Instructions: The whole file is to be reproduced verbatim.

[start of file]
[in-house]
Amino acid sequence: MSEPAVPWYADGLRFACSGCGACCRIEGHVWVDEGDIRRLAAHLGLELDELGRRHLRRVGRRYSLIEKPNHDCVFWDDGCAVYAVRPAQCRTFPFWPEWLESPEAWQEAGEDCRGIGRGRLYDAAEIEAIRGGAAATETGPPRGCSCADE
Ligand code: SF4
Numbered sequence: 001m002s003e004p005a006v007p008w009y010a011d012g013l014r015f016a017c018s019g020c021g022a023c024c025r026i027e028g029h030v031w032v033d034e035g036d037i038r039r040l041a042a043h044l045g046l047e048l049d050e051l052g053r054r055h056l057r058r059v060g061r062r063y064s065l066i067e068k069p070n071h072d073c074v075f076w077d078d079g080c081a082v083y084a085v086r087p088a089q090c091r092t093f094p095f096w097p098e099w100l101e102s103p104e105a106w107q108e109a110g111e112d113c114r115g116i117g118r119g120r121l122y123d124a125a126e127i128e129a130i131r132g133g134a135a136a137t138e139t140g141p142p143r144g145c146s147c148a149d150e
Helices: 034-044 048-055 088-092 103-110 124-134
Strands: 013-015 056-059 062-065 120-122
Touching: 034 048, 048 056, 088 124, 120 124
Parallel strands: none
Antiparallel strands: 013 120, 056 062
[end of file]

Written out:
[in-house]
Amino acid sequence: MSEPAVPWYADGLRFACSGCGACCRIEGHVWVDEGDIRRLAAHLGLELDELGRRHLRRVGRRYSLIEKPNHDCVFWDDGCAVYAVRPAQCRTFPFWPEWLESPEAWQEAGEDCRGIGRGRLYDAAEIEAIRGGAAATETGPPRGCSCADE
Ligand code: SF4
Numbered sequence: 001m002s003e004p005a006v007p008w009y010a011d012g013l014r015f016a017c018s019g020c021g022a023c024c025r026i027e028g029h030v031w032v033d034e035g036d037i038r039r040l041a042a043h044l045g046l047e048l049d050e051l052g053r054r055h056l057r058r059v060g061r062r063y064s065l066i067e068k069p070n071h072d073c074v075f076w077d078d079g080c081a082v083y084a085v086r087p088a089q090c091r092t093f094p095f096w097p098e099w100l101e102s103p104e105a106w107q108e109a110g111e112d113c114r115g116i117g118r119g120r121l122y123d124a125a126e127i128e129a130i131r132g133g134a135a136a137t138e139t140g141p142p143r144g145c146s147c148a149d150e
Helices: 034-044 048-055 088-092 103-110 124-134
Strands: 013-015 056-059 062-065 120-122
Touching: 034 048, 048 056, 088 124, 120 124
Parallel strands: none
Antiparallel strands: 013 120, 056 062